Control ScanScanning of the CastAvg ErrError BoundMaxMeanRMS
120.210.0022.670.911.29
130.290.0050.721.684.64
140.290.0023.951.203.06
150.210.0025.910.961.17
160.230.0019.601.281.23
170.210.0013.350.931.51
180.280.0015.921.141.75
190.180.0012.620.831.04
1100.290.0025.461.313.46
1.16
Table 3. Comparison of ten scans of the foot with a foot locking system and a tripod for the 3D scanner.
Table 3. Comparison of ten scans of the foot with a foot locking system and a tripod for the 3D scanner.
Scanning of the Foot with a Foot Locking System and with a Tripod for the 3D Scanner
Mesh-Mesh AlignmentGlobal AlignmentHausdorff Distance (mm)
Control ScanScanning of the CastAvg ErrError BoundMaxMeanRMS
120.230.0022.291.063.21
130.350.0015.890.852.83
140.220.0021.610.692.05
150.240.0012.340.922.12
160.330.0018.940.443.25
170.240.0019.041.302.66
180.350.007.860.661.12
190.350.0018.181.203.22
1100.280.008.980.741.13
0.85
Table 4. Overview of all the relevant parameters obtained after the mechanical test and data processing from each sample group tested.
Table 4. Overview of all the relevant parameters obtained after the mechanical test and data processing from each sample group tested.
Specimen GroupSpecimen n°σ 1st Failure (MPa)
ε 1st FailureWork 1st
Failure (MPa)
σmax (GPa)ε maxWork TOT
(MPa)
Young's Modulus (MPa)
132.10.0320.56234.30.0600.9481040.00
232.00.0310.41234.90.0600.456795.59
ABS332.10.0340.57536.60.0601.044977.04
429.20.0280.41834.80.0590.8911050.90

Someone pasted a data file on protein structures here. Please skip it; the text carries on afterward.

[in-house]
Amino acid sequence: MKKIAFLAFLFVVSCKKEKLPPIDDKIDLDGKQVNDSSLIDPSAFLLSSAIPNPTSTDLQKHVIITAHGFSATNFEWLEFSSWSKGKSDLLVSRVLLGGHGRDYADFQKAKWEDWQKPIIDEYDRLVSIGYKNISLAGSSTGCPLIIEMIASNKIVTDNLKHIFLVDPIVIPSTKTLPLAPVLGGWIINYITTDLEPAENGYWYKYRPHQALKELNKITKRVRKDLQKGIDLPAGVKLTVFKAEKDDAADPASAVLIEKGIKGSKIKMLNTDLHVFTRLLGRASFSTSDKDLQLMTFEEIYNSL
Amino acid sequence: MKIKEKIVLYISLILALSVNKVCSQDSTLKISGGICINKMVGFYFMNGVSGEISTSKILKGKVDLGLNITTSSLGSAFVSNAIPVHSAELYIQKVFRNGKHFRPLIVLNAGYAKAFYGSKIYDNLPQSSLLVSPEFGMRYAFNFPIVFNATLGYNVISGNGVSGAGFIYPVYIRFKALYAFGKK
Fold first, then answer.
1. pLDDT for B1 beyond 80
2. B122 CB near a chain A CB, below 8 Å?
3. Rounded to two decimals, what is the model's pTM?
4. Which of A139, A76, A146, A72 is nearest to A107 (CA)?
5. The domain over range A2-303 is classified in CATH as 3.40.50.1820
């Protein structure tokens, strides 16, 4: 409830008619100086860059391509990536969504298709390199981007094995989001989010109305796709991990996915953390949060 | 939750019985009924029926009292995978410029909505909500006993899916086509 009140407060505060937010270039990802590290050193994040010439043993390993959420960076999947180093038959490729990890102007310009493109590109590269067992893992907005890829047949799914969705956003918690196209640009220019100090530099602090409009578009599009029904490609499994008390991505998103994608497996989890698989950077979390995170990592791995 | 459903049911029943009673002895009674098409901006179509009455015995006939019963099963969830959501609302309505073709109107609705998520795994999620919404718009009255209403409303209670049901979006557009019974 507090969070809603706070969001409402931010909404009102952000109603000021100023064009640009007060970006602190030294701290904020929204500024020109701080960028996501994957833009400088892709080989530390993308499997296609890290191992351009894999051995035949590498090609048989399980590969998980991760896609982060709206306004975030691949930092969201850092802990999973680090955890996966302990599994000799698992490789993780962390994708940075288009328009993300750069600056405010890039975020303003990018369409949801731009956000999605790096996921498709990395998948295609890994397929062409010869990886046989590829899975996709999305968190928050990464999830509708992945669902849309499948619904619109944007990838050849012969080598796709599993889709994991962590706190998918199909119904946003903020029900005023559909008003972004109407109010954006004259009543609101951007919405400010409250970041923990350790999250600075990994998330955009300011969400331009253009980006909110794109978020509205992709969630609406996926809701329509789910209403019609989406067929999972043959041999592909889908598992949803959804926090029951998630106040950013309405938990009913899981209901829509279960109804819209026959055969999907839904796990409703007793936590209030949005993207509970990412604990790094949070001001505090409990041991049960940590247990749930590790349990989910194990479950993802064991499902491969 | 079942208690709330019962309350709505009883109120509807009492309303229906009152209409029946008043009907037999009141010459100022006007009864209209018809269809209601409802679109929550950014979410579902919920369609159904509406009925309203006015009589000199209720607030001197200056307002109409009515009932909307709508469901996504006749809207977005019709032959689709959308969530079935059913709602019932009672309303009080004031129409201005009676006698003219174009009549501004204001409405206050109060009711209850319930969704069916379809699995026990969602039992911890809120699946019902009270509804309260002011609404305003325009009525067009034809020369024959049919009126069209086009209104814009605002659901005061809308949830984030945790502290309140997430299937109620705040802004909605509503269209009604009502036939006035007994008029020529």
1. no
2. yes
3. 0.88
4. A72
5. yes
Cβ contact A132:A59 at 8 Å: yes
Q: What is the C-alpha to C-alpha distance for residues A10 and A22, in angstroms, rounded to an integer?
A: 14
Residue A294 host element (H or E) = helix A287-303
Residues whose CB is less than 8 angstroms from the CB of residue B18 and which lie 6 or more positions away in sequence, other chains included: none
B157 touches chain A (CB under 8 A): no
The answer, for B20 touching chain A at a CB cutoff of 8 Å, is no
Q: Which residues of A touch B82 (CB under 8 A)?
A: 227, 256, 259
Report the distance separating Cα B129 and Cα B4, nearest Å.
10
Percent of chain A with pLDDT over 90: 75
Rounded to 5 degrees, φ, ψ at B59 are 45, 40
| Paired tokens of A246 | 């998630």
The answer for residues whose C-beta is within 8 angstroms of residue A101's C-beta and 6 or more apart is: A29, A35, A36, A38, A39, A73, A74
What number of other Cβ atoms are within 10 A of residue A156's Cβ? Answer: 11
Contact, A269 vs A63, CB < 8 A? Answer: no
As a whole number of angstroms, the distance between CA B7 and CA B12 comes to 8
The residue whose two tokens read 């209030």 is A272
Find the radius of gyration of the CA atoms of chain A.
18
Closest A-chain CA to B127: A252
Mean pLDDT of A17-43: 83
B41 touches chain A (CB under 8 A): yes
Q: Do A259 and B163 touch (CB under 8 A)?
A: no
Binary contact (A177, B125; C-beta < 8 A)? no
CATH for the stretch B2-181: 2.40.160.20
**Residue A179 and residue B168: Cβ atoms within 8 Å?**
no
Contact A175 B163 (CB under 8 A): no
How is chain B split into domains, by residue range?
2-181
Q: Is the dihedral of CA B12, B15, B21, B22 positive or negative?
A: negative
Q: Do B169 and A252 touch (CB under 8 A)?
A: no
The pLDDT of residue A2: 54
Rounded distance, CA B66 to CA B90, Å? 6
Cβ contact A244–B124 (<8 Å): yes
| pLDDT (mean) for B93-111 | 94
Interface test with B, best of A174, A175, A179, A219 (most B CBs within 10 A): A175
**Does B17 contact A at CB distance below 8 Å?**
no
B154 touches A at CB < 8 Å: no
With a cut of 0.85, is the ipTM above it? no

534.00.0330.60538.00.0601.2461062.10
Average31.90.0320.51535.70.0600.917985.13
Std Dev1.50.0020.0821.40.0010.26099.25
188.00.0231.01992.90.0391.6931040.00
278.20.0280.84785.20.0330.943795.59
PLA380.00.0210.91785.40.0330.941977.04
475.30.0170.65889.00.0290.9441050.90
580.10.0190.84389.00.0331.5601062.10
Average80.30.0220.85788.30.0331.216985.13
Std Dev4.20.0040.1182.80.0030.33899.25
142.10.0420.90043.60.1202.2481230.00
242.00.0431.07242.70.0941.6191160.00
PETG342.20.0431.02443.20.0741.2891198.00
441.00.0431.05541.90.0861.5941139.00
Average41.80.0431.01342.90.0941.6881181.75
Std Dev0.50.0000.0680.60.0170.34934.97
18.50.0340.15318.50.1270.488250.77
210.70.0340.20618.80.1270.719300.02
POLY_FFF38.50.0360.17215.70.1270.496238.88
48.00.0350.15515.10.1281.327228.65
58.20.0370.16715.00.1280.448218.65
Average8.80.0350.17116.60.1270.696247.39
Std Dev1.00.0010.0191.70.0000.33028.39
150.40.0270.51353.00.0971.5841308.03
255.00.0240.33159.60.0961.5401555.05
POLY_BASIC355.20.0270.43563.00.0961.4441454.20
455.10.0270.54767.30.0971.4681377.40
555.00.0260.48364.90.0964.0271415.10
Average54.20.0260.46261.60.0962.0131421.96
Std Dev1.90.0010.0755.00.0001.00882.18